Benjamin Wedro, MD, FACEP, FAAEM
Dr. Ben Wedro practices emergency medicine at Gundersen Clinic, a regional trauma center in La Crosse, Wisconsin. His background includes undergraduate and medical studies at the University of Alberta, a Family Practice internship at Queen's University in Kingston, Ontario and residency training in Emergency Medicine at the University of Oklahoma Health Sciences Center.
Mary D. Nettleman, MD, MS, MACP
Mary D. Nettleman, MD, MS, MACP is the Chair of the Department of Medicine at Michigan State University. She is a graduate of Vanderbilt Medical School, and completed her residency in Internal Medicine and a fellowship in Infectious Diseases at Indiana University.
In this Article
- What is a hematoma?
- What causes a hematoma?
- What are the types of hematomas?
- What are the symptoms of a hematoma?
- When should I call the doctor about a hematoma?
- How is a hematoma diagnosed?
- What is the treatment for a hematoma?
- What are the complications of a hematoma?
- Can hematomas be prevented?
- Hematoma At A Glance
What are the complications of a hematoma?
Hematomas cause swelling and inflammation. It is often these two consequences that cause irritation of adjacent organs and tissues and cause the symptoms and complications of a hematoma.
One common complication of all hematomas is the risk of infection. While the hematoma is made of old blood, it has no blood supply itself and therefore is at risk for colonization with bacteria.
Can hematomas be prevented?
Accidents happen and most hematomas are inevitable once the trauma has occurred.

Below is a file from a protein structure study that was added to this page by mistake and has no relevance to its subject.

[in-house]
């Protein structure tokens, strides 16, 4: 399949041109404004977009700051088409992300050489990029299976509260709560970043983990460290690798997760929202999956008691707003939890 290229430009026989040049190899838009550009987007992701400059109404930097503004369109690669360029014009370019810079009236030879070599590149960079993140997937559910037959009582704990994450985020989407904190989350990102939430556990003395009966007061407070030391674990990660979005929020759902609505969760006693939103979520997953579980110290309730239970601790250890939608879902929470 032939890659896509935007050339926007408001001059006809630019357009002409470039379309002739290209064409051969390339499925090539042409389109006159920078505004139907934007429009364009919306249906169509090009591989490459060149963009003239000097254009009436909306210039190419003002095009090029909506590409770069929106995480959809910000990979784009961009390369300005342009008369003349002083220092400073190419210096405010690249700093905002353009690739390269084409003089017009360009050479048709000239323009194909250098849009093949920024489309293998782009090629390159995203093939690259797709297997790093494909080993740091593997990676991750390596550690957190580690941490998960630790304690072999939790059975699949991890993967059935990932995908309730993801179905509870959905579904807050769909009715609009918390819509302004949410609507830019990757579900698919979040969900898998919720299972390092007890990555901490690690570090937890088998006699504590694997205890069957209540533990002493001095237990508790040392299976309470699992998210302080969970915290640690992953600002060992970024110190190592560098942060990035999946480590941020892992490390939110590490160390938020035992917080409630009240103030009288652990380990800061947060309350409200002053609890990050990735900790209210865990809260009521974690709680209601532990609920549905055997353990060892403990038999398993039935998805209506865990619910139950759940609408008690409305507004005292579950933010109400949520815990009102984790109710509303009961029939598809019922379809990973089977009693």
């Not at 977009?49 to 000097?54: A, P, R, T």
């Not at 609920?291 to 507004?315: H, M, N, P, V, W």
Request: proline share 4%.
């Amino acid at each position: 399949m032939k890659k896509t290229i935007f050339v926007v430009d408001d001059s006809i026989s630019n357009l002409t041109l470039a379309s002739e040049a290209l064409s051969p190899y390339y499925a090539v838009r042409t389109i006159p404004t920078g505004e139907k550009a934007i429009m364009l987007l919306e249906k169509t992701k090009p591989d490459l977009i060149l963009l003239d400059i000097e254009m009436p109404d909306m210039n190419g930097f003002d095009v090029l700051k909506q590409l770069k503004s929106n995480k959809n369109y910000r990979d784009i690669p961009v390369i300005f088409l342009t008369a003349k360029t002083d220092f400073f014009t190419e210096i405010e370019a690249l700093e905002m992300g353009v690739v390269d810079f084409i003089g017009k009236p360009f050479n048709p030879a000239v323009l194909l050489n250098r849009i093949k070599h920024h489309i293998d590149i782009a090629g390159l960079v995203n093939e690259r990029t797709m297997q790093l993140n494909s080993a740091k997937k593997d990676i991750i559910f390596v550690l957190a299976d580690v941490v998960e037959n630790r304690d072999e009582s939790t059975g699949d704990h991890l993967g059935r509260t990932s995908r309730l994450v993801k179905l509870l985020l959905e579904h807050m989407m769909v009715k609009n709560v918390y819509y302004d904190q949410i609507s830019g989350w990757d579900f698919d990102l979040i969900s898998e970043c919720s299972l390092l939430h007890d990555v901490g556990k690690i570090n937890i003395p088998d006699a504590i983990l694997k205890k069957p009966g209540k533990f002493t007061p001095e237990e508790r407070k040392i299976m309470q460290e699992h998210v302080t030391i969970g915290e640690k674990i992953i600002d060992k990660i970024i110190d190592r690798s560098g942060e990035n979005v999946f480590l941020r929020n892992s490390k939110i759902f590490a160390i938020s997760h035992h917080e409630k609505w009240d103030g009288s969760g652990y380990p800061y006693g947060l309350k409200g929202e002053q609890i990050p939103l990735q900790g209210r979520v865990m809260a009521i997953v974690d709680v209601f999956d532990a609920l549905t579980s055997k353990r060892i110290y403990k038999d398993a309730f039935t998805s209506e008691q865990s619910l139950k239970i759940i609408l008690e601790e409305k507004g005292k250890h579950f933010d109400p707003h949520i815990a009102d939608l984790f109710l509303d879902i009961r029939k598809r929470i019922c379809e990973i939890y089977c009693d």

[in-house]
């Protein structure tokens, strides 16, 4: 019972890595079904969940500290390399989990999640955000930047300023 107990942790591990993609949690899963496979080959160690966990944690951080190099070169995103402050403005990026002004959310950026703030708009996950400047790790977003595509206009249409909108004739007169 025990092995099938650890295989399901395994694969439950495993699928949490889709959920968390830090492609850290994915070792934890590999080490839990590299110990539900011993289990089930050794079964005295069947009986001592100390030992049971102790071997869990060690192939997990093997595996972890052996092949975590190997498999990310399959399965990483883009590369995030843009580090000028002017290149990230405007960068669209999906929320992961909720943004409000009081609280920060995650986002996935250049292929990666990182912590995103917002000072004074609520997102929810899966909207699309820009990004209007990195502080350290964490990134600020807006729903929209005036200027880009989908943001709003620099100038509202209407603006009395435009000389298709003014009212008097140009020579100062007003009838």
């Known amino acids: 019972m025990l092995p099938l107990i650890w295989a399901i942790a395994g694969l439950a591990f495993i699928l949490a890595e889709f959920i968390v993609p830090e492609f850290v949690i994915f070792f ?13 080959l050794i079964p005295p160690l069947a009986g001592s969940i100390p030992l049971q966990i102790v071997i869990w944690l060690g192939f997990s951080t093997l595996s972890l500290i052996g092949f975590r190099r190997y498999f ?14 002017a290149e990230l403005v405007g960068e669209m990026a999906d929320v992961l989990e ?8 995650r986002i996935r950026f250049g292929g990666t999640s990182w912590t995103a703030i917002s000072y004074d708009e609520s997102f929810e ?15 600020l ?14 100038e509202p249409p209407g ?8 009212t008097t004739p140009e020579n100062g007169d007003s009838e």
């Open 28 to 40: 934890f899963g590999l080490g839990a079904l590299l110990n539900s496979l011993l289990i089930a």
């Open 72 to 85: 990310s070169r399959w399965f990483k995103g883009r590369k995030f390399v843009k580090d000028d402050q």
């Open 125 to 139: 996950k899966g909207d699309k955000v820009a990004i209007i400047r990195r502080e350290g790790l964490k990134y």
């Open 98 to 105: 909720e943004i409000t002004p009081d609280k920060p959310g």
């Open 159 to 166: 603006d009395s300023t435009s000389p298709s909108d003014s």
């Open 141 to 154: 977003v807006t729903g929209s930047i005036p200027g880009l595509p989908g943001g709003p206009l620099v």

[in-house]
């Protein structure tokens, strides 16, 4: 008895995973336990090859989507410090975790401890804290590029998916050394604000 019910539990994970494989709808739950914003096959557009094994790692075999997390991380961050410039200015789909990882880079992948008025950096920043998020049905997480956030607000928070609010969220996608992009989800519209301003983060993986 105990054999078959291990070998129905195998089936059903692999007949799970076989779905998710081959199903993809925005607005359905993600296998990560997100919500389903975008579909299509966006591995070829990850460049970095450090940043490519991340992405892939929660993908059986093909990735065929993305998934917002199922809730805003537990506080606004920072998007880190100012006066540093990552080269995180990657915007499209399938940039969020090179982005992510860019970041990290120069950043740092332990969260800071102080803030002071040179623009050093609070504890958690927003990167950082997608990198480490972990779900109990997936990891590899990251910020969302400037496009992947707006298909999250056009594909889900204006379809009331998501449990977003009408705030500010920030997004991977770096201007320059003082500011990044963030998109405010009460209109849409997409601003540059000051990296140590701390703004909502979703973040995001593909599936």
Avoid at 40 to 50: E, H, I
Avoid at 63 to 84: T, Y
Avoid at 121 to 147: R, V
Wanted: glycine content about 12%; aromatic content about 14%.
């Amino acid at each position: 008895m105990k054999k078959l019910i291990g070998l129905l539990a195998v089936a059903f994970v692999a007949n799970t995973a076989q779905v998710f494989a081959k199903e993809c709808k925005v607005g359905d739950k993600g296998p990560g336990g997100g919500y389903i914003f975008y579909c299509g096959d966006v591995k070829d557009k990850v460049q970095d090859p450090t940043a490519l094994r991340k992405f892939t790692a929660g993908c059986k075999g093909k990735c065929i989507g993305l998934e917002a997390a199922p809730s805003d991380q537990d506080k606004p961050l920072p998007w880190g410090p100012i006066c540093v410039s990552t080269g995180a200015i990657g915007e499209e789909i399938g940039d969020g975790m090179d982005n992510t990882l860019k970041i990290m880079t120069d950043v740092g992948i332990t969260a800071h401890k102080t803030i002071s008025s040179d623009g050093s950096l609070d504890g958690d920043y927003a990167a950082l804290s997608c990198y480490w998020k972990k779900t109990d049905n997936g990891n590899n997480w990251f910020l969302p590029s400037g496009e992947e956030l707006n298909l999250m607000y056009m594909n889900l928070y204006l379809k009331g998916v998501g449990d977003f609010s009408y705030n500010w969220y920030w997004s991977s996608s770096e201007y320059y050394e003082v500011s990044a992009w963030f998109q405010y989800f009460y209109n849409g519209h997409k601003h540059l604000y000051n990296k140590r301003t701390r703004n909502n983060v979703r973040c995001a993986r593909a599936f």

For patients taking anti-coagulation medications, it is wise to avoid participating in events with high risk of injury. For patients taking warfarin (Coumadin), it is important to make certain that the dosing is appropriate and the blood is not thinned excessively.
Hematoma At A Glance
- A hematoma is a collection of blood outside of a blood vessel.
- Symptoms of hematomas depend upon their location and whether adjacent
structures are affected by the inflammation and swelling associated with the
- Treatment of a hematoma depends upon which organ or body tissue is
- Superficial hematomas of the skin and soft tissue, such as muscle, may be treated with rest, ice compression, and elevation. Heat may also be considered.
Rosen's Emergency Medicine: Concepts and Clinical Practice, 6th Edition, 2006.
Emergency Medicine: a Comprehensive Study Guide 6th Edition, 2003.
Andreoli, Thomas E., et al. Andreoli's and Carpenter's Cecil Essentials of Medicine. Saunders; 7 edition, 2007.
eMedicine.com. "Epidural Hematoma."
eMedicine.com. "Subdural Hematoma."
Last Editorial Review: 8/13/2009
Viewers share their comments
Find out what women really need.